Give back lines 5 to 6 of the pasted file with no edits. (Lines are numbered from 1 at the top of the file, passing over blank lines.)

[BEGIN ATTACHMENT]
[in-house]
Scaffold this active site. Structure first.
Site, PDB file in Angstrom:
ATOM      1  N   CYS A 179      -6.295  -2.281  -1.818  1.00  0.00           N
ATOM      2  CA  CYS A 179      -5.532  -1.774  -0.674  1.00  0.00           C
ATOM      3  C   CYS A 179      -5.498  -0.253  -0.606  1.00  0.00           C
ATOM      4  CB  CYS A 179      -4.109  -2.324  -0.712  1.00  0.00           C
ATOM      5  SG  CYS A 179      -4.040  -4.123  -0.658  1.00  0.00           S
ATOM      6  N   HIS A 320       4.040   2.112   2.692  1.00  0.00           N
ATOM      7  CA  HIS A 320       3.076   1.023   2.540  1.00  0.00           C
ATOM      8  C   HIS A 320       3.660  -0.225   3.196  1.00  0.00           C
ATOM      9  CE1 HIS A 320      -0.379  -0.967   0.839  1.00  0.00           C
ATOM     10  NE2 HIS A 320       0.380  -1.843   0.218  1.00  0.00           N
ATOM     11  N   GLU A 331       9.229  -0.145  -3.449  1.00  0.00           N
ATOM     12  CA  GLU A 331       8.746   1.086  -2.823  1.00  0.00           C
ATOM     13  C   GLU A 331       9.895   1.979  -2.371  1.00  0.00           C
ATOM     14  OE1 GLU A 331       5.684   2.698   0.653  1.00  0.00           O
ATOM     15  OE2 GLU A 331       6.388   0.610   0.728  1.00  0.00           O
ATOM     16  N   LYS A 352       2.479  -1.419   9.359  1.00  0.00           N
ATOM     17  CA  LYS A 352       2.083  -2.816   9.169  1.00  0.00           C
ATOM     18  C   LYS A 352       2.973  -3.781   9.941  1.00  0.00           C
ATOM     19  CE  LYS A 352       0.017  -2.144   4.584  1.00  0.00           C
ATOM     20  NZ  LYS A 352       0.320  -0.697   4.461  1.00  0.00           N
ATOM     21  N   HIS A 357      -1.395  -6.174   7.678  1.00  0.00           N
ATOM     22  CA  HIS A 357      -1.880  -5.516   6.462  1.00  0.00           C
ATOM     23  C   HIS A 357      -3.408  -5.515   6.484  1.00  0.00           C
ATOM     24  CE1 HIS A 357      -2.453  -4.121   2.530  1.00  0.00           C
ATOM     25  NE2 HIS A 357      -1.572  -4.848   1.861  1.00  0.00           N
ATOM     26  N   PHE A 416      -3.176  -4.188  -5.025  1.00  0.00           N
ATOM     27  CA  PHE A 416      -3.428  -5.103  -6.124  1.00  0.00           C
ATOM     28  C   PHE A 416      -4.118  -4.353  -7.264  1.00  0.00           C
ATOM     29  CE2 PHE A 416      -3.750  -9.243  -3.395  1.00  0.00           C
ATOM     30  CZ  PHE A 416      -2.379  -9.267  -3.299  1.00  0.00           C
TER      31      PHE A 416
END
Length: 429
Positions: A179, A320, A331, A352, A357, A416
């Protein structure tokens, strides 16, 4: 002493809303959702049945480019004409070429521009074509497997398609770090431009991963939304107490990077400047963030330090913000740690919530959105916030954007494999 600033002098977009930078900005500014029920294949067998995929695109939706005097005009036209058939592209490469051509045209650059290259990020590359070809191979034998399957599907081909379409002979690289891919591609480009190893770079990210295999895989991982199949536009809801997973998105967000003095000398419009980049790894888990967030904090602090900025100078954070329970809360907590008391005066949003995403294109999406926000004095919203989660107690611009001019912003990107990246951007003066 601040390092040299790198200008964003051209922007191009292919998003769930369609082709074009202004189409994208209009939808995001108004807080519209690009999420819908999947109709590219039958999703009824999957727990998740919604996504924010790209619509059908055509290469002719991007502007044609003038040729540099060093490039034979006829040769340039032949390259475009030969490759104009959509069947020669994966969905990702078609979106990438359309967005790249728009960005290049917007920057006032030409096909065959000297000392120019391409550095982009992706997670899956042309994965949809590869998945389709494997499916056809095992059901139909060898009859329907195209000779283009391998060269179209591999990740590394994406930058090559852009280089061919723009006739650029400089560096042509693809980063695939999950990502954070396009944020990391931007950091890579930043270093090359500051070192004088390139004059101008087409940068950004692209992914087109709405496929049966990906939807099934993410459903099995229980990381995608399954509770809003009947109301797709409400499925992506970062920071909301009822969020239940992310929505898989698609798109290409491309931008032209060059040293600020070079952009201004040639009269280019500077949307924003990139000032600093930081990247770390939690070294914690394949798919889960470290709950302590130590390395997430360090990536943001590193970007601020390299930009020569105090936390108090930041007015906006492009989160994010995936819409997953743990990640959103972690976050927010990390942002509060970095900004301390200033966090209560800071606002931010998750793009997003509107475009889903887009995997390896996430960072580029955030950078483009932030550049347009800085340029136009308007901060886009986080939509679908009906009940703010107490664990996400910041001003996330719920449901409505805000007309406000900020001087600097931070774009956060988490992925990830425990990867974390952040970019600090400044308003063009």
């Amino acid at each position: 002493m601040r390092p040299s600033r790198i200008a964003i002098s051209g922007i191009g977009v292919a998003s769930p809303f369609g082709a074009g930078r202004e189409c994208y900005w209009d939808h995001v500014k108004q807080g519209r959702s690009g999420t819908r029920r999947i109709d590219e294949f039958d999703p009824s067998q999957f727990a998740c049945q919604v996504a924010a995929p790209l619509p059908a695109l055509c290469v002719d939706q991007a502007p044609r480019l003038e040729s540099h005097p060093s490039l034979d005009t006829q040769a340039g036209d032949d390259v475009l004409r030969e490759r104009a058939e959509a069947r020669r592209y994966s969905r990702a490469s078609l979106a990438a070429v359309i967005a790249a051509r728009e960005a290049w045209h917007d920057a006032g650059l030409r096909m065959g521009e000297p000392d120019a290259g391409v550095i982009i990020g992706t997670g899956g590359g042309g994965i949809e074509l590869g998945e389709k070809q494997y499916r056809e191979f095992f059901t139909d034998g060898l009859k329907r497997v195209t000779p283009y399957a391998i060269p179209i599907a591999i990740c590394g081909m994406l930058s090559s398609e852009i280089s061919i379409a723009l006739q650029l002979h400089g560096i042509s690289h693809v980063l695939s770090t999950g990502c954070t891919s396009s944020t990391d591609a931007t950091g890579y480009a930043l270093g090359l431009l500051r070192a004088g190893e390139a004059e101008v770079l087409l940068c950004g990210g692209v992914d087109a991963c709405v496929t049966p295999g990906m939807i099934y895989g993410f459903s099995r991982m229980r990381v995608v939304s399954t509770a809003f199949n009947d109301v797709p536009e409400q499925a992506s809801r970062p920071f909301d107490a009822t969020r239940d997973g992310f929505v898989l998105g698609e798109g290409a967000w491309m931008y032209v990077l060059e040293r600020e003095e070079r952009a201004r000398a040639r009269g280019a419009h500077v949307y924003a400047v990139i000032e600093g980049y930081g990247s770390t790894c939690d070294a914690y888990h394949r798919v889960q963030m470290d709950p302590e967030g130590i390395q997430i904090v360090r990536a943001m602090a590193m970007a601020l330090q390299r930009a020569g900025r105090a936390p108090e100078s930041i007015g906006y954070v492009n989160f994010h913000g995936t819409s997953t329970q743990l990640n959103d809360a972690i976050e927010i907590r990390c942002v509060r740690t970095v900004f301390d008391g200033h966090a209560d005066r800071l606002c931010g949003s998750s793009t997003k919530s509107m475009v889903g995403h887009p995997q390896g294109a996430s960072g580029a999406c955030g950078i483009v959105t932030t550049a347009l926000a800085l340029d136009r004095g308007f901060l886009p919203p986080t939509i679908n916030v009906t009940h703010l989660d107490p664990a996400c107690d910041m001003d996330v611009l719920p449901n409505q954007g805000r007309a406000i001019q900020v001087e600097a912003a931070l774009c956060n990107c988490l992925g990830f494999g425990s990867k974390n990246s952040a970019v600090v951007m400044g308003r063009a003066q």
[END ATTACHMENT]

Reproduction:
ATOM      2  CA  CYS A 179      -5.532  -1.774  -0.674  1.00  0.00           C
ATOM      3  C   CYS A 179      -5.498  -0.253  -0.606  1.00  0.00           C